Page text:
Japan, faced with increasing calls from environmentalists to phase out coal, is standing by its support of the fossil fuel, saying it will help developing countries adopt the best available technologies for coal-fired power plants.
Pressure to rein in carbon dioxide emissions is intensifying, especially after the Paris Agreement, a global deal reached in December to tackle climate change. Environmentalists have criticized Japan for being one of the biggest providers of coal financing among Group of Seven nations and for being a laggard in switching to cleaner energy sources.
In response, Japan says it’s helping to develop more efficient coal-fired plants that can cut carbon dioxide emissions. The Asian nation’s financing of coal-fired projects is also helping to improve energy security in countries that still rely on the cheap fuel, officials say.
“It is not realistic to quit coal entirely,” Takafumi Kakudo, director of the clean coal division at the Ministry of Economy, Trade and Industry, said in an interview. “Environmental aspects alone can’t dictate the way countries set their energy policies.’’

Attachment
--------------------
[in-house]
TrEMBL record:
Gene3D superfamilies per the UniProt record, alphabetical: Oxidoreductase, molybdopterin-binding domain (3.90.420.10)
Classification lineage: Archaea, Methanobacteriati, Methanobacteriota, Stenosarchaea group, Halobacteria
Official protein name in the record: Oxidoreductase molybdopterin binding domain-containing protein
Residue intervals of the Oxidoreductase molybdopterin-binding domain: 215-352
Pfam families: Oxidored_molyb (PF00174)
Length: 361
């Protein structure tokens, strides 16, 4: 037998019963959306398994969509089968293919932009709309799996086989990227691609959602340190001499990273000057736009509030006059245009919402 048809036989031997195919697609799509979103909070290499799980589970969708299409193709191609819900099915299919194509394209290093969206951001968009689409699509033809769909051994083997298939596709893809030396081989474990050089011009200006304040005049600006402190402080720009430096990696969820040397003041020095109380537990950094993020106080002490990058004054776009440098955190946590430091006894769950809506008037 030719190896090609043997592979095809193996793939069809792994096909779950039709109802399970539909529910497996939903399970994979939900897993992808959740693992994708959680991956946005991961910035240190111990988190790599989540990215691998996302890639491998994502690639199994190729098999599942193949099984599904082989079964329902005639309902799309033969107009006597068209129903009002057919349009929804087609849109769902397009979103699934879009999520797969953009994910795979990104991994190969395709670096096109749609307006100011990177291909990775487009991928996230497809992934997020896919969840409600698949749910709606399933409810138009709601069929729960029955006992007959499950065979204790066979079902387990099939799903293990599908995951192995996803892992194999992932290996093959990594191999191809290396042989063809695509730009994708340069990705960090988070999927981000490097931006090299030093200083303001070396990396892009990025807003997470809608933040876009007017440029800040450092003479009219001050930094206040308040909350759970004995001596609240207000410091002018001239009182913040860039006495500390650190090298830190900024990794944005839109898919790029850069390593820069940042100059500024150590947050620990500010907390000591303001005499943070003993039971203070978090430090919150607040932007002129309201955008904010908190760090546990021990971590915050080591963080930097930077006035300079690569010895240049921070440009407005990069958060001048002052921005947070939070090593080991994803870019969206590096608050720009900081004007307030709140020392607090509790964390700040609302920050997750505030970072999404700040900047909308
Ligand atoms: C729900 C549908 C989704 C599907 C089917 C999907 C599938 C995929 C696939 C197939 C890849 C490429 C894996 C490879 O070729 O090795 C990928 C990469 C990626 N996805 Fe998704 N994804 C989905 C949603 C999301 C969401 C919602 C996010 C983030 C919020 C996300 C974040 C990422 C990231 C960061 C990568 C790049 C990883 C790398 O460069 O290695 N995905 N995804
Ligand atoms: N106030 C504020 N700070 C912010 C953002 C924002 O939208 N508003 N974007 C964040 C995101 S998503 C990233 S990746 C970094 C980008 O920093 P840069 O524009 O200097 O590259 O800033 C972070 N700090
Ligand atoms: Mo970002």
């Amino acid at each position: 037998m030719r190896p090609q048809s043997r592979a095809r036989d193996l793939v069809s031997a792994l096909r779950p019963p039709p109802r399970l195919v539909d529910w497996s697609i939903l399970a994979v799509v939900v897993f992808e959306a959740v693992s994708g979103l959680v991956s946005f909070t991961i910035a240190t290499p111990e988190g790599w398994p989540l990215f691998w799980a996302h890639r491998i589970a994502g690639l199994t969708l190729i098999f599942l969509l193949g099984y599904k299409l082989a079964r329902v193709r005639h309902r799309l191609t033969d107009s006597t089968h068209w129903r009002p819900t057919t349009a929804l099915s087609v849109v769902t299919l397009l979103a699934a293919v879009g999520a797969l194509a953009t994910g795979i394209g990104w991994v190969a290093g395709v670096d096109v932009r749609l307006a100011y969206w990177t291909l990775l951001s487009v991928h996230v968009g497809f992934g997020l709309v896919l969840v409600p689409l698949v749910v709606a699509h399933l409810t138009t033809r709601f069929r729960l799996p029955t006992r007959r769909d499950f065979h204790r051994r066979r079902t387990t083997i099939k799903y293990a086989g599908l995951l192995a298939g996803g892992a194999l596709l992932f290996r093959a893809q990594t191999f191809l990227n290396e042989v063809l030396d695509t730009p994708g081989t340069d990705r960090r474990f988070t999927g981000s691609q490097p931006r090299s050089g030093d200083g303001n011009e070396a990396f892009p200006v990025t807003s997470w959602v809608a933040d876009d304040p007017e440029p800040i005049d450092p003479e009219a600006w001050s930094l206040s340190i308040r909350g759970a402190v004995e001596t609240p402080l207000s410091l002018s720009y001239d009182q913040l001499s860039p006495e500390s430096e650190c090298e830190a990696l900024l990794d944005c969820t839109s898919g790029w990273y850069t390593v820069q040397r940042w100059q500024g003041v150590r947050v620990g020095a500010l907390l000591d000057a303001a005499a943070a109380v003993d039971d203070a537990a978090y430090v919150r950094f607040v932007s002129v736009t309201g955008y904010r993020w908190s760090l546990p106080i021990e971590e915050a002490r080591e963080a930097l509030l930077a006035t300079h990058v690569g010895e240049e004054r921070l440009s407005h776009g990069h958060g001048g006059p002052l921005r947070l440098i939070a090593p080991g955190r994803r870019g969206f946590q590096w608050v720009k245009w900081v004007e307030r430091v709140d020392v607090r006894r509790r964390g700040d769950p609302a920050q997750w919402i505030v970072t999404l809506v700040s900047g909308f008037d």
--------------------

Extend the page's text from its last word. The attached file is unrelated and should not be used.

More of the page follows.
Asian countries such as India and Indonesia are planning to add more coal capacity to meet growing power demand. Japanese companies such as Toshiba Corp. have plans to supply equipment to such coal-fired plants, while the state-owned Japan Bank for International Cooperation has provided loans for projects abroad.
“We want to make our contribution so these countries can reduce emissions,” Kakudo said, adding that Japan is also ready to provide support for gas-fired power projects.
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